Sue Casson’s musical adaptation if Oscar Wilde’s short story, “The Happy Prince” is billed as a family show, but it’s difficult to see children appreciating it. It’s a dark tale, with a characteristic fin-de-siecle equation of love and death. A Prince’s statue hides the soul of the Prince, who is perpetually frozen in sorrow for his unhappy life. A swallow comes and redeems his soul by devoting himself to spreading sweetness and light and alleviating the sufferings of the poor. Exhausted by his efforts, and refusing to leave the Prince even though Summer has fled, he dies. The statue sheds tears, as the Prince unthaws, and this sanctifies the bird’s ascent to heaven. Written thus, it sounds absurdly sentimental, but Wilde gets away with it in the extravagance of his rich language and gesture.
Children are equally likely to be deterred by the essentially static nature of the production. There is a lot of exposition; characters talk about what they are going to do/have done, rather than showing it. There’s also a lot of padding introducing characters and playing with the audience by the magician/narrator. A freer, more dynamic treatment would work better.
Not that there aren’t good things lurking within the show. Sue Casson’s music is haunting, atmospheric and fits the scenario well, while her lyrics are serviceable. But she is not well served by the cast or director. This is a family show in the sense that all Casson’s family seem to be involved: her children Robert and Lily Blackmore play the swallow and Pandora, a girl who receives the generosity of the Prince, while her partner Tom Blackmore directs. Casson herself narrates and plays keyboards.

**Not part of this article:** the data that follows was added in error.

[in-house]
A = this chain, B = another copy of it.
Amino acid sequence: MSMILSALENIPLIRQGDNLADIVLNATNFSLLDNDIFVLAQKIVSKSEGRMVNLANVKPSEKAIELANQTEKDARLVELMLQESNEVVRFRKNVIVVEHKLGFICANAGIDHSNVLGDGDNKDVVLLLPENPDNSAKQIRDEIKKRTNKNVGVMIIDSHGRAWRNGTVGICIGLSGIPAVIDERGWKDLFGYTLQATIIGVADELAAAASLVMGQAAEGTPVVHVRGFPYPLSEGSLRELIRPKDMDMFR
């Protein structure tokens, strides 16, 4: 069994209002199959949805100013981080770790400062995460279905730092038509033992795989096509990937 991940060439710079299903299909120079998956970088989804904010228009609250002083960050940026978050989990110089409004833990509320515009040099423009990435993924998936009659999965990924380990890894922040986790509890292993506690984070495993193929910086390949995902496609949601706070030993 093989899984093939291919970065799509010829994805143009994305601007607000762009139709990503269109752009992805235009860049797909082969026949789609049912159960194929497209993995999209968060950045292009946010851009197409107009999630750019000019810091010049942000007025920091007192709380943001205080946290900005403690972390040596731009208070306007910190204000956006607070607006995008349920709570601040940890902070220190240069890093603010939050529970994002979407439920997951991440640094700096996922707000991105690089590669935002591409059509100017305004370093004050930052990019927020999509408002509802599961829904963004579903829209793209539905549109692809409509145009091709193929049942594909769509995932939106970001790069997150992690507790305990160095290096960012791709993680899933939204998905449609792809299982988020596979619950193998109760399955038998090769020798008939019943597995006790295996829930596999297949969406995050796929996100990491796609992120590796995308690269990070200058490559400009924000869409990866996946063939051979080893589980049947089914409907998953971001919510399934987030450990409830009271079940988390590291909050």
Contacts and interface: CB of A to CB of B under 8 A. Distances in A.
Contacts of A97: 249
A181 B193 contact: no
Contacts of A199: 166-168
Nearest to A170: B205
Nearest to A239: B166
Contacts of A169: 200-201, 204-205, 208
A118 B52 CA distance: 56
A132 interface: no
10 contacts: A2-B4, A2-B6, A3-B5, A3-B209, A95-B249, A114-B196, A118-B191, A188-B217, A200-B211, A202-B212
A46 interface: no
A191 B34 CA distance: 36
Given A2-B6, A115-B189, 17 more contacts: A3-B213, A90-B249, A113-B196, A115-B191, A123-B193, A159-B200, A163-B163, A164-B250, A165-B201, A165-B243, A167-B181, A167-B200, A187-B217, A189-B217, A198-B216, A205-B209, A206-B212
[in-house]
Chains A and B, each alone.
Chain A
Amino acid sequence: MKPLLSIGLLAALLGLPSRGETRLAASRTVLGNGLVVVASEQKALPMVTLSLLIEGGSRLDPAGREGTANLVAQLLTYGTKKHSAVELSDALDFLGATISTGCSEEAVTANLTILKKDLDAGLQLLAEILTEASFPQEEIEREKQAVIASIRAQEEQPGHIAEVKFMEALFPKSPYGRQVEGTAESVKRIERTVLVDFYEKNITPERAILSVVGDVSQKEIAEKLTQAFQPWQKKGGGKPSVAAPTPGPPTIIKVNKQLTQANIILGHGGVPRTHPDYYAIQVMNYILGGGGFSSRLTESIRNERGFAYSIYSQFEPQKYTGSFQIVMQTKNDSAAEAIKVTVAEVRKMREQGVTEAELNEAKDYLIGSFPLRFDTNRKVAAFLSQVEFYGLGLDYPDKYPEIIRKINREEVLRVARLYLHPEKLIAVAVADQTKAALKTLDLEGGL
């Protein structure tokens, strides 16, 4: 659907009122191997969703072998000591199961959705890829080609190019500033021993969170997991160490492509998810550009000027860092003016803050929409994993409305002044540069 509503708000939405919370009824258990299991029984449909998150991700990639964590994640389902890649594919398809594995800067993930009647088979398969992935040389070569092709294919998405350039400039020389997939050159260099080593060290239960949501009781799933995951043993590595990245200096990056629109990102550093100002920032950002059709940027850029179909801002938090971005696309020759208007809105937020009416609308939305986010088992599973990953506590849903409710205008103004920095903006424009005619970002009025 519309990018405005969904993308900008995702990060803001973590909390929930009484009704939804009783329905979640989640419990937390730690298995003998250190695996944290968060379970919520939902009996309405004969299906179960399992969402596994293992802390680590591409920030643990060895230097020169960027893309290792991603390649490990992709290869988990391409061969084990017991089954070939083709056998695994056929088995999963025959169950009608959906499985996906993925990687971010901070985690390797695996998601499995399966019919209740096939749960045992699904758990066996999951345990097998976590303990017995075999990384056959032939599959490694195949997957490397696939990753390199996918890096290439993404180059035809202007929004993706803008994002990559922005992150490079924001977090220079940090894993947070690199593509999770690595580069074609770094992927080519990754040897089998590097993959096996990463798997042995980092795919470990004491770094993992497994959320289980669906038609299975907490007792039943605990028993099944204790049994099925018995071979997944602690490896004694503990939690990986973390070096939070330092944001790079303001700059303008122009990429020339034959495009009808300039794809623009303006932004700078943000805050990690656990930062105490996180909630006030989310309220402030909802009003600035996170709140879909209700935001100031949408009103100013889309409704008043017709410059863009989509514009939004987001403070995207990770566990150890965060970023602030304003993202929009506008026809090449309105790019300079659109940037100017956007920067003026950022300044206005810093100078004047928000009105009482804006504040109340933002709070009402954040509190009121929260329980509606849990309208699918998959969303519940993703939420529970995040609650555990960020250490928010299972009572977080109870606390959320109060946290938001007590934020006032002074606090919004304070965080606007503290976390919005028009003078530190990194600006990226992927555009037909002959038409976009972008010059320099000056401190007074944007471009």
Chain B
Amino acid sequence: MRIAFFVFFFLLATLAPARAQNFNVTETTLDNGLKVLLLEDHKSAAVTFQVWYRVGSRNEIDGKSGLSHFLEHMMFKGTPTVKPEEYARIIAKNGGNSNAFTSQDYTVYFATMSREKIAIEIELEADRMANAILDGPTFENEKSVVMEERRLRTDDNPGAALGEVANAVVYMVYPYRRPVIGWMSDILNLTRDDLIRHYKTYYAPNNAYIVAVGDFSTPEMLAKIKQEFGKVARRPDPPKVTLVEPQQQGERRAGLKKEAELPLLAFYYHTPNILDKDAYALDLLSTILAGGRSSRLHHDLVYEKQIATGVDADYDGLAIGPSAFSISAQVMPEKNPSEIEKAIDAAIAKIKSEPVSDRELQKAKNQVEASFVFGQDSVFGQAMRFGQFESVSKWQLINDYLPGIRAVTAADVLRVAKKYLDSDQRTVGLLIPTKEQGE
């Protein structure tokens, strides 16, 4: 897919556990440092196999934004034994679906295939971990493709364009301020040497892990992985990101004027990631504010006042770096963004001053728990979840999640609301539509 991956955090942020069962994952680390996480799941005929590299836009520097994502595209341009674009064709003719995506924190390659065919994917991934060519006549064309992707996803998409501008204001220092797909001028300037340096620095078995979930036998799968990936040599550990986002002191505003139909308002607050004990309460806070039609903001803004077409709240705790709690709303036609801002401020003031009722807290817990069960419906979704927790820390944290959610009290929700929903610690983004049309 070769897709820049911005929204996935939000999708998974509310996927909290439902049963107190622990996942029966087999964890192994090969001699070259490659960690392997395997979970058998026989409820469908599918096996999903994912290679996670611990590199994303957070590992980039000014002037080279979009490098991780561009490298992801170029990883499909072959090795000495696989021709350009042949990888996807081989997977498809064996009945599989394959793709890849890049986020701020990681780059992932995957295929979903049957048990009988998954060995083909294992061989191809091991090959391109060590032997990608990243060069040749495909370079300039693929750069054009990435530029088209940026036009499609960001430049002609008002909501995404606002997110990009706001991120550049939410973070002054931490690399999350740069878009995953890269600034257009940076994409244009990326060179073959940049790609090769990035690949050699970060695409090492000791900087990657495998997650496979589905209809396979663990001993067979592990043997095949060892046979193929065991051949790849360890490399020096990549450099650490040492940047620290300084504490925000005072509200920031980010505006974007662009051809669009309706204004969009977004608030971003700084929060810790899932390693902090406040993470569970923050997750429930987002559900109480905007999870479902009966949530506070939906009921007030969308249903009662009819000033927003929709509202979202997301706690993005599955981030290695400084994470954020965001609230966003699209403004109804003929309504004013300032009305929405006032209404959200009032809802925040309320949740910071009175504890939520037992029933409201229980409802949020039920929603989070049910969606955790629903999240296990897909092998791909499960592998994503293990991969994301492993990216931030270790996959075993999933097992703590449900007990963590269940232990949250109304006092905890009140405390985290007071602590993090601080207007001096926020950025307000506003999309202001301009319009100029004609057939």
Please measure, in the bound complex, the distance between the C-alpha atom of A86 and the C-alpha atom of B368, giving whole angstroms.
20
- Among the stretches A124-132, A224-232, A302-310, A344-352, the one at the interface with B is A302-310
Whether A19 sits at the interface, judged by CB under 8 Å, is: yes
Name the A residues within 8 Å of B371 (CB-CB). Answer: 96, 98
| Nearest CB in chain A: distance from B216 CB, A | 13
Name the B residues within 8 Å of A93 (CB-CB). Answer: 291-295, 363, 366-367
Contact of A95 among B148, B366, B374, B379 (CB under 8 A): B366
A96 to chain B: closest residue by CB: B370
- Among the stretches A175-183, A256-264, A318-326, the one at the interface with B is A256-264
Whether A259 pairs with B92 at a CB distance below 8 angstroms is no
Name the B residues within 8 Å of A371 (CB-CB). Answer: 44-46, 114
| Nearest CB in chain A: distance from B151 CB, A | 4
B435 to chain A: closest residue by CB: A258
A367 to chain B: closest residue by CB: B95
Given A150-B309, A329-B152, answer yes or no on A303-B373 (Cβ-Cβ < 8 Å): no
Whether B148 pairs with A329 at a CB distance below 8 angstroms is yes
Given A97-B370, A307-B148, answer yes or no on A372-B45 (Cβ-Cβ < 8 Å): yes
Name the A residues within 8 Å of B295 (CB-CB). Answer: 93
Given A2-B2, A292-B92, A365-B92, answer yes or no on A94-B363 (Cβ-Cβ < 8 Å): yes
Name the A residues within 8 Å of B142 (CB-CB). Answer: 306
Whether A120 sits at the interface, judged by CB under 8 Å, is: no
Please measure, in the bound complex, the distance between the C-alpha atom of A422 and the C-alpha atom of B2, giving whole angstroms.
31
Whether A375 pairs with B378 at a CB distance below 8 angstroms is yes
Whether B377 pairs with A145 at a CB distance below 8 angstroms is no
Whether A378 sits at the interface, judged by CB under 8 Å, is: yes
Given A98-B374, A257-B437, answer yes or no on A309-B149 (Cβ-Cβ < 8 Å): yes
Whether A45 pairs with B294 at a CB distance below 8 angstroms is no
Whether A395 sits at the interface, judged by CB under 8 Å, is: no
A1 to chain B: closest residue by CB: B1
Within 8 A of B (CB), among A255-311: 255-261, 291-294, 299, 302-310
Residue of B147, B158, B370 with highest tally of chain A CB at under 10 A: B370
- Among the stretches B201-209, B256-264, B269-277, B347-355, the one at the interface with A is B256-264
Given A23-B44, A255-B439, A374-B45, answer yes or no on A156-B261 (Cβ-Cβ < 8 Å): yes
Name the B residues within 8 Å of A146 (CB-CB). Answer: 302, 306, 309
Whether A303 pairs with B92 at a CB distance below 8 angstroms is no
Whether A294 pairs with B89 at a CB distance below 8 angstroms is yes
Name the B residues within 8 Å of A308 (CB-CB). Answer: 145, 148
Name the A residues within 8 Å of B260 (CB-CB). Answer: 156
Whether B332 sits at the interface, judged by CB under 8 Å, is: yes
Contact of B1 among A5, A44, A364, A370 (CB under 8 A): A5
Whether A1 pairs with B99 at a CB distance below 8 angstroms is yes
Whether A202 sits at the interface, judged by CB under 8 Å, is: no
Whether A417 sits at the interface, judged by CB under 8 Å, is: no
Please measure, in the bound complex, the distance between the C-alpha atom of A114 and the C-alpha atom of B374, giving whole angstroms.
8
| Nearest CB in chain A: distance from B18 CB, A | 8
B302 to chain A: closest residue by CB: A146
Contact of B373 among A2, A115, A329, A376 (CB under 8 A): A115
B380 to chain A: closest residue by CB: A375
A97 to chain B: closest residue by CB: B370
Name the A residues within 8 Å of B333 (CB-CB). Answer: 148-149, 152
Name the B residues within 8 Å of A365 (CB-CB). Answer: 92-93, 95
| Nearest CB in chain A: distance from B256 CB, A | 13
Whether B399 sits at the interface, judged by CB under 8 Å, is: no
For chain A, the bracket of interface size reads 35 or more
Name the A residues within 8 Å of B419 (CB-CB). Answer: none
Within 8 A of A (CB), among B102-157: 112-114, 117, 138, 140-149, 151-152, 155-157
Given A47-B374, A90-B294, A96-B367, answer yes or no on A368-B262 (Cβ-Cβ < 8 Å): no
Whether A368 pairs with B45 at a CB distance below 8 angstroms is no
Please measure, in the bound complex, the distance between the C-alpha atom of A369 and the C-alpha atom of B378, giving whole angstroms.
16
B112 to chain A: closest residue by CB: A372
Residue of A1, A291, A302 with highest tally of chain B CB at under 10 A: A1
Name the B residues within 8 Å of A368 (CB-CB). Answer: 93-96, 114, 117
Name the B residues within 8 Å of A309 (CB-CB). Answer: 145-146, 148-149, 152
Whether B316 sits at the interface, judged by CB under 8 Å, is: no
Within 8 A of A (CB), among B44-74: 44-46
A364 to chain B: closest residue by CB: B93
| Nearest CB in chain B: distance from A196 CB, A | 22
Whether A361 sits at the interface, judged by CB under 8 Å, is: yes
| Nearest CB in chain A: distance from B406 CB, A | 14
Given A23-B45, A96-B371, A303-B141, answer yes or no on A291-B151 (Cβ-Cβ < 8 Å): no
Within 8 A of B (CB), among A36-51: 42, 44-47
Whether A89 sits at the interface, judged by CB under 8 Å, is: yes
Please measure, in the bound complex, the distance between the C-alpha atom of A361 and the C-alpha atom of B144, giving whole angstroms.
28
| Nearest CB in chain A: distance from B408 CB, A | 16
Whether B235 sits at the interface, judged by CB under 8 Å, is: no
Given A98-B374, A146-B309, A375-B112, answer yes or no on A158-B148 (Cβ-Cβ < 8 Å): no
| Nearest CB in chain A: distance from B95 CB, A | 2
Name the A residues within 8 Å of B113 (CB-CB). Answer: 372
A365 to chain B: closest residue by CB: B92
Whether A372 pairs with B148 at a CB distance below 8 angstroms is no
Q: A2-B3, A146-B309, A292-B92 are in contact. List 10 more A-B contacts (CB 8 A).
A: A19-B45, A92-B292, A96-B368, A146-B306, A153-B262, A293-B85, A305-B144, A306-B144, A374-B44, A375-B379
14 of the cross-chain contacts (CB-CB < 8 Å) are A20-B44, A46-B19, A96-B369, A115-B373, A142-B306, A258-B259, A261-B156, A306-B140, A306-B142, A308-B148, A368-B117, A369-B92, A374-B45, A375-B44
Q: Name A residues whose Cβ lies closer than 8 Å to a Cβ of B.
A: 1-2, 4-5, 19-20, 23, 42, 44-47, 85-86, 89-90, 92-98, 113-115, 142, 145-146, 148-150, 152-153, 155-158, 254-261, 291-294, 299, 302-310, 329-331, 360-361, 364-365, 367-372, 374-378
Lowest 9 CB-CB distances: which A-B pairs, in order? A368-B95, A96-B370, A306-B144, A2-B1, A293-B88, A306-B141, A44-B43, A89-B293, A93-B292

It is perhaps unkind to base judgements on a first performance after a speedy set-up, where the cast are clearly lacking in confidence and uncertain of moves. However, even when it’s settled down, I can’t see this production acquiring the pizzazz and sense of visual style the material needs; while it would take a considerable number of singing lessons to give Robert the technical skills to sustain the notes and punch out the lyrics of his quite complex songs. Andrew Bolton as a rather mature Prince is uncomfortable as well with the tessitura of the Prince, which severely taxes his upper register. Only Casson herself seems serene and at home in the music she wrote.
It all suggests to me that sometimes keeping things in the family is not such a good idea. An outside eye might bring a critical judgement to what works and what doesn’t, and liberate the rather earthbound treatment so that it can fly, which it undoubtedly could in the right hands.